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Publication numberUS4361705 A
Publication typeGrant
Application numberUS 06/278,822
Publication dateNov 30, 1982
Filing dateJun 29, 1981
Priority dateJun 29, 1981
Fee statusLapsed
Publication number06278822, 278822, US 4361705 A, US 4361705A, US-A-4361705, US4361705 A, US4361705A
InventorsGeorge Marcelin, Roger F. Vogel, Harold E. Swift
Original AssigneeGulf Research & Development Company
Export CitationBiBTeX, EndNote, RefMan
External Links: USPTO, USPTO Assignment, Espacenet
Process for hydrogenating unsaturated compounds
US 4361705 A
Abstract
A process for hydrogenating an unsaturated organic compound which comprises contacting the same with hydrogen in the presence of a catalyst composed of a support containing alumina and aluminum phosphate carrying nickel thereon.
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Claims(9)
We claim:
1. A process for hydrogenating an aliphatic unsaturated organic compound having from two to 20 carbon atoms which comprises contacting the same with hydrogen in the presence of a catalyst composed of an amorphous support containing alumina and aluminum phosphate carrying from about three to about 60 weight percent nickel thereon, said support having an average pore radius of from 10 A to about 300 A, a surface area ranging from about 80 m2 /g to about 350 m2 /g and a pore volume of from about 0.3 cc/g to about 1.5 cc/g, said alumina being present in an amount ranging from about eight to about 40 mole percent and aluminum phosphate in an amount ranging from about mole 60 to about 92 percent wherein said unsaturated organic compound is passed over said catalyst at a liquid hourly space velocity of about 0.1 to about 20 while maintaining in the reaction zone a temperature of about 30 to about 350 C. and a hydrogen partial pressure of about 0 to about 1500 pounds per square inch gauge.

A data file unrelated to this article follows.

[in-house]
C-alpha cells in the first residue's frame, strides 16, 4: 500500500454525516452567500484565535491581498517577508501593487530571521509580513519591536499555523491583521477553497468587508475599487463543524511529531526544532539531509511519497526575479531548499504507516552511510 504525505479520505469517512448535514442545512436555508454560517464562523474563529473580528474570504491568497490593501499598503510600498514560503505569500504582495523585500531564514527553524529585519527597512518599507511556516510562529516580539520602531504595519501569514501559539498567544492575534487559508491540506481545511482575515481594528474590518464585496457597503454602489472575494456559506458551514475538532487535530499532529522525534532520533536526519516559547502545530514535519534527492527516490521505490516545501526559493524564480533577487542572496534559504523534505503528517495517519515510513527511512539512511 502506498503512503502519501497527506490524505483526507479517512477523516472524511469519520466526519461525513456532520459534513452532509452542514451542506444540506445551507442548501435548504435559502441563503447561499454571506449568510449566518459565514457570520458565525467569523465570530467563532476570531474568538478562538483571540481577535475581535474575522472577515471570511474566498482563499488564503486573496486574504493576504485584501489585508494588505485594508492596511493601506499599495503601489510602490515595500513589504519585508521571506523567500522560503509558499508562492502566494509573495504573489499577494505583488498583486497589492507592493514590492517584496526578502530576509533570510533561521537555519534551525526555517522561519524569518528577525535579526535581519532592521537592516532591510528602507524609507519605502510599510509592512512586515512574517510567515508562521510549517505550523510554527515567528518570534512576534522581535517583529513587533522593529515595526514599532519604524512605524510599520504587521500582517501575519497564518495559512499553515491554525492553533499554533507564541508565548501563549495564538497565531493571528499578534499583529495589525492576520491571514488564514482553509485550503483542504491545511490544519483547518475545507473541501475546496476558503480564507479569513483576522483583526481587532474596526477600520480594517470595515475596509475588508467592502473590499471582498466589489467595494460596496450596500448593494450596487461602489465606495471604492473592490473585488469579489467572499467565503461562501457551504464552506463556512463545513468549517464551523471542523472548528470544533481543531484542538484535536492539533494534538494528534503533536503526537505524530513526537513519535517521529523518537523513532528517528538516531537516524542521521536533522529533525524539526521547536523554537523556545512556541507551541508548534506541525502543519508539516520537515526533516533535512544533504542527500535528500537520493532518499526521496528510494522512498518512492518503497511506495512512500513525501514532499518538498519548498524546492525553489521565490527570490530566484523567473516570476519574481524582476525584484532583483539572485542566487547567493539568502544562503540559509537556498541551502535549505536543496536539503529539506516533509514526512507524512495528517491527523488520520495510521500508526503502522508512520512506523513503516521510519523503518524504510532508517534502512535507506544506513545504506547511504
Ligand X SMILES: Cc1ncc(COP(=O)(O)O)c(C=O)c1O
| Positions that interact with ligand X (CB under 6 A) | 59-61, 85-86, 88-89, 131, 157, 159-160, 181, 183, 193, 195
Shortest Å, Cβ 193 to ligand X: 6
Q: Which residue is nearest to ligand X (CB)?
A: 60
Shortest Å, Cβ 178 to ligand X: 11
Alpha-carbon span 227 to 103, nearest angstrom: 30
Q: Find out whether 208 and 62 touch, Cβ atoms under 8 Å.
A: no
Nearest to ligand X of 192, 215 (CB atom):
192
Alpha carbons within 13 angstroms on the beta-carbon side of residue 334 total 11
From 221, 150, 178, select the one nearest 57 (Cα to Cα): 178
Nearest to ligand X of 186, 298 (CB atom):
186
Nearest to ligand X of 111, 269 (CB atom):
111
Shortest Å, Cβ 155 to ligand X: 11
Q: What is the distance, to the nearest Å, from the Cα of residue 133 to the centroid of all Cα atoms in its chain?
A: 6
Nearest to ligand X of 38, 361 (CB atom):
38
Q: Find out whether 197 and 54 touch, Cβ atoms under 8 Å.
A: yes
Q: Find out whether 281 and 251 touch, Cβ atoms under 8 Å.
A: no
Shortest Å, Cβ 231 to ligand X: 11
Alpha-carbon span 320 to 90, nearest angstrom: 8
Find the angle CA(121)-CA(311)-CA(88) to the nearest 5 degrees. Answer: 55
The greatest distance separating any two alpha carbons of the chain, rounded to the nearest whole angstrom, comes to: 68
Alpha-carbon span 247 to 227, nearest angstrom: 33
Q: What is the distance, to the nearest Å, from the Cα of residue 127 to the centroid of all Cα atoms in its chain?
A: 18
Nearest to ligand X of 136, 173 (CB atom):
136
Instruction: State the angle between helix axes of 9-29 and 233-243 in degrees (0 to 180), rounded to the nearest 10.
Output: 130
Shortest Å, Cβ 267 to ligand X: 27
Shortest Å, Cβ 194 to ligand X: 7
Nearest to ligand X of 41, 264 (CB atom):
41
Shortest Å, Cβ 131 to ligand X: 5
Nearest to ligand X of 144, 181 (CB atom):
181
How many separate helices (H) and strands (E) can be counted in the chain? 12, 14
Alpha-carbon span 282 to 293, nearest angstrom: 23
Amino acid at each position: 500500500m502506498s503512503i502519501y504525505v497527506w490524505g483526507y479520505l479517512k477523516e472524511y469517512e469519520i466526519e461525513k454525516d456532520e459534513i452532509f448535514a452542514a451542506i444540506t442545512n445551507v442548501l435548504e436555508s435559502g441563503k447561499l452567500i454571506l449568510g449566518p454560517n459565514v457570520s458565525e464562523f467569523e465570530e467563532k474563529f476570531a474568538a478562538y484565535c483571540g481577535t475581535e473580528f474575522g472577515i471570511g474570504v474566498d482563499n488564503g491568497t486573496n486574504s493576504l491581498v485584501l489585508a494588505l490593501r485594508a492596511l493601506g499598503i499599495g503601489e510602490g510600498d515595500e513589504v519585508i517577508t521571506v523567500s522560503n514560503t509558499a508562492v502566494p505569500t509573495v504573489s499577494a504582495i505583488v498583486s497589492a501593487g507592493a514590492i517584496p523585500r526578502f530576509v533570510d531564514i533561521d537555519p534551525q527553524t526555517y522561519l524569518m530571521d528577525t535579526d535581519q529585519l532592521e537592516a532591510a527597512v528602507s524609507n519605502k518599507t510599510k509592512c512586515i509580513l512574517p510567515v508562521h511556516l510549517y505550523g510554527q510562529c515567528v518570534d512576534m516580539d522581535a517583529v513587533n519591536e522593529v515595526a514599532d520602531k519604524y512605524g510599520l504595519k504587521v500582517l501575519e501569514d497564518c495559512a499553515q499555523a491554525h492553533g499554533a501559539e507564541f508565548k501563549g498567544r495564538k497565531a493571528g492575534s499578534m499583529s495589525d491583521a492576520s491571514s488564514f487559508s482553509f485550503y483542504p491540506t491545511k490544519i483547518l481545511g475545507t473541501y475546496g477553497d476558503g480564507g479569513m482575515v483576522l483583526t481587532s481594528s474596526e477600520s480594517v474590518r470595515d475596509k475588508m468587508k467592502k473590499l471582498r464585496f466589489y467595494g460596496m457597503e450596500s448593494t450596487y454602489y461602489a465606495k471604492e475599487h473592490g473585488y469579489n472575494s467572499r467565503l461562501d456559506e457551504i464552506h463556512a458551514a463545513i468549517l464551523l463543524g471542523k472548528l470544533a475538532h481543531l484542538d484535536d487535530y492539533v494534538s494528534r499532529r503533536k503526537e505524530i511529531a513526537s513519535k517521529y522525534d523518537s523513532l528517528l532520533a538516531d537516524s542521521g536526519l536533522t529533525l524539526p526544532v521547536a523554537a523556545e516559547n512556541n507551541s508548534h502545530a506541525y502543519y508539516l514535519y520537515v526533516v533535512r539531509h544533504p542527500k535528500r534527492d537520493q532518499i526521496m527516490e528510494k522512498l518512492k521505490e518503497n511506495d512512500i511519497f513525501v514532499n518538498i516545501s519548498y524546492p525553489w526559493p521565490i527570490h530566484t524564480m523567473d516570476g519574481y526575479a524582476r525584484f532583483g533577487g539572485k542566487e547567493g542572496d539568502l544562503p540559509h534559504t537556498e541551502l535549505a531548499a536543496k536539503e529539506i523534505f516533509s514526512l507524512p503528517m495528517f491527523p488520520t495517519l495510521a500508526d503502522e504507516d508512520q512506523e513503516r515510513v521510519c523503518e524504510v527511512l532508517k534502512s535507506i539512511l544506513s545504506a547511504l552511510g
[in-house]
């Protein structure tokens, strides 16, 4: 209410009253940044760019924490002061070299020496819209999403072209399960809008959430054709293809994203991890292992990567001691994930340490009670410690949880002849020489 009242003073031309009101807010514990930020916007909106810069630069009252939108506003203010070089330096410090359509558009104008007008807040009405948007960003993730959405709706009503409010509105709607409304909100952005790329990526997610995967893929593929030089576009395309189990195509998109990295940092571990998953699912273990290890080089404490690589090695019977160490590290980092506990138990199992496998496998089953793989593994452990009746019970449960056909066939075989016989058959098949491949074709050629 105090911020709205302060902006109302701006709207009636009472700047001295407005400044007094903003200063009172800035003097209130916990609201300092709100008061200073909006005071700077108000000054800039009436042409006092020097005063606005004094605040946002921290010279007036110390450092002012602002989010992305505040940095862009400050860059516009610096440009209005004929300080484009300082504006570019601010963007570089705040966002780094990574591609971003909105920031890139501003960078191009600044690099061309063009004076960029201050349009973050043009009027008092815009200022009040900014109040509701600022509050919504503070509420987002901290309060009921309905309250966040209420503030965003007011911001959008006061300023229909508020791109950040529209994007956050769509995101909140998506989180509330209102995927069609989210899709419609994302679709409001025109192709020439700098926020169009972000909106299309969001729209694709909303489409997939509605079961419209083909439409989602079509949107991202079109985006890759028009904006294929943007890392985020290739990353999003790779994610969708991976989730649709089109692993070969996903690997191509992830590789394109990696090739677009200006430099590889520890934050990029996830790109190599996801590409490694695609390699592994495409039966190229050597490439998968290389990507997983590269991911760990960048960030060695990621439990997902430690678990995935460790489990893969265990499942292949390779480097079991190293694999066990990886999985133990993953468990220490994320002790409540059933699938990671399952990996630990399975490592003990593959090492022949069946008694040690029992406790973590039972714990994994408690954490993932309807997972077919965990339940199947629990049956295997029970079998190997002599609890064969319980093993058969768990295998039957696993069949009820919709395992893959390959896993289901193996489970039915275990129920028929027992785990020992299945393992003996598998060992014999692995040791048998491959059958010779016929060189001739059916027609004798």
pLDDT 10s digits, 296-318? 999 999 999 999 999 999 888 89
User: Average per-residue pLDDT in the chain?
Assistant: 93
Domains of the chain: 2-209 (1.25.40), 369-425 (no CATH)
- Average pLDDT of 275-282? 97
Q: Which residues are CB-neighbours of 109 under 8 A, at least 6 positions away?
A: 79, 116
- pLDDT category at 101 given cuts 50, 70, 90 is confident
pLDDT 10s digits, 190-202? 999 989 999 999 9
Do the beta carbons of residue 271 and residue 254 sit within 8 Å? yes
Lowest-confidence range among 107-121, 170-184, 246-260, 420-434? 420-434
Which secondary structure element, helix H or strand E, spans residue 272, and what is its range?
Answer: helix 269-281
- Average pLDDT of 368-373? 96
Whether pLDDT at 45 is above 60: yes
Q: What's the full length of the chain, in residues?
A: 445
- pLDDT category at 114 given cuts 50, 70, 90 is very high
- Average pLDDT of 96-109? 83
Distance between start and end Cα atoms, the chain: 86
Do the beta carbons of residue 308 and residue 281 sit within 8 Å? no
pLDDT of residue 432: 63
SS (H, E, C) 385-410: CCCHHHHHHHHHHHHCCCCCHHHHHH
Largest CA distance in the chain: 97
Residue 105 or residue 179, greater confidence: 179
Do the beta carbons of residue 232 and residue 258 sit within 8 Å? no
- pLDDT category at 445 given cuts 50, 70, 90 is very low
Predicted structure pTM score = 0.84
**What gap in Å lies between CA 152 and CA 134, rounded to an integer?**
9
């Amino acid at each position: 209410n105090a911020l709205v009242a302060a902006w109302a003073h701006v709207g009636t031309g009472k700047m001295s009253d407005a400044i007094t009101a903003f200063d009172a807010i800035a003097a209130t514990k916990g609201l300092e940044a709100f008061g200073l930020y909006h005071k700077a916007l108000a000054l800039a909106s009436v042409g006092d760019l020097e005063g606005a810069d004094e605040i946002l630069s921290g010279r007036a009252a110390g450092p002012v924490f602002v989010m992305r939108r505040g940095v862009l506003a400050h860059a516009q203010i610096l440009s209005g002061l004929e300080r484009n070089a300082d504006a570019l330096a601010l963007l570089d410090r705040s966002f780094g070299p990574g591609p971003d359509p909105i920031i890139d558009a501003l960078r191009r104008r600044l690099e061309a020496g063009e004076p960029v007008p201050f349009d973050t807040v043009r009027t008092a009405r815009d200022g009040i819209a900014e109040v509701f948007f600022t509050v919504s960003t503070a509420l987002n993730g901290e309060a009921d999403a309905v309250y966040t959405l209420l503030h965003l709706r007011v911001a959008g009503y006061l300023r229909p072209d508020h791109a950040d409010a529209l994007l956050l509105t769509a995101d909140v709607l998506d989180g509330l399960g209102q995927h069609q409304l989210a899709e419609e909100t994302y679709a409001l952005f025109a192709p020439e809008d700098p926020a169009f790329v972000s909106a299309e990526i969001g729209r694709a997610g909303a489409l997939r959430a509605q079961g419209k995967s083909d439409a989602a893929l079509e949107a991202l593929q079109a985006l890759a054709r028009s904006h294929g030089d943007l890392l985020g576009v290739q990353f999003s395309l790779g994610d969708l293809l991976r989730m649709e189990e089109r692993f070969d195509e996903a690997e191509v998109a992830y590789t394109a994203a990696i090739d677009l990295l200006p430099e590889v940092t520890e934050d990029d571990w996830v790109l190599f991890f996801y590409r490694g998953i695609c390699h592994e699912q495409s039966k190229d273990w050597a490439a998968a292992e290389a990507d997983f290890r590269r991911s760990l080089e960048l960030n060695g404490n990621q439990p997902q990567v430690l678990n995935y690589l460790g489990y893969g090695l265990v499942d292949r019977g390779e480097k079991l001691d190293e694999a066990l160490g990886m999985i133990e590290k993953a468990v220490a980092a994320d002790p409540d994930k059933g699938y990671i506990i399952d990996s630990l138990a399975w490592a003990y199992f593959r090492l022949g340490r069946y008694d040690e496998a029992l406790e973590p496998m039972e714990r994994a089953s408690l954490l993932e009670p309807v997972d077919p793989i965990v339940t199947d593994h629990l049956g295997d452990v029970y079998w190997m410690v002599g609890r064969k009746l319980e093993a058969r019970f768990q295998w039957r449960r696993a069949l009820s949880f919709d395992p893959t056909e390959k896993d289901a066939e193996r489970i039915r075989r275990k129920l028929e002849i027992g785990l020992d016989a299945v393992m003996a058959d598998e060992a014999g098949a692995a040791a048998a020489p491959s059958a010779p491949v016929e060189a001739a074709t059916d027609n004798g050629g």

2. The process of claim 1 wherein said support has an average pore radius of from about 50 A to about 200 A, a surface area of about 125 m2 /g to about 250 m2 /g, and a pore volume of from about 0.5 cc/g to about 1.2 cc/g.
3. The process of claim 2 wherein the amount of nickel carried on said support is in the range of about five to about 25 weight percent.
4. The process of claim 2 wherein said unsaturated organic compound is passed over said catalyst at a liquid hourly space velocity of about 1 to about 12 while maintaining in the reaction zone a temperature of about 50 to about 200 C. and a hydrogen partial pressure of about 100 to about 500 pounds per square inch gauge.
5. The process of claim 2 wherein said unsaturated organic compound is an aliphatic compound having from two to 12 carbon atoms.
6. The process of claim 1 wherein said unsaturated organic compound is an unsaturated aldehyde.
7. The process of claim 2 wherein said unsaturated organic compound is an unsaturated aldehyde.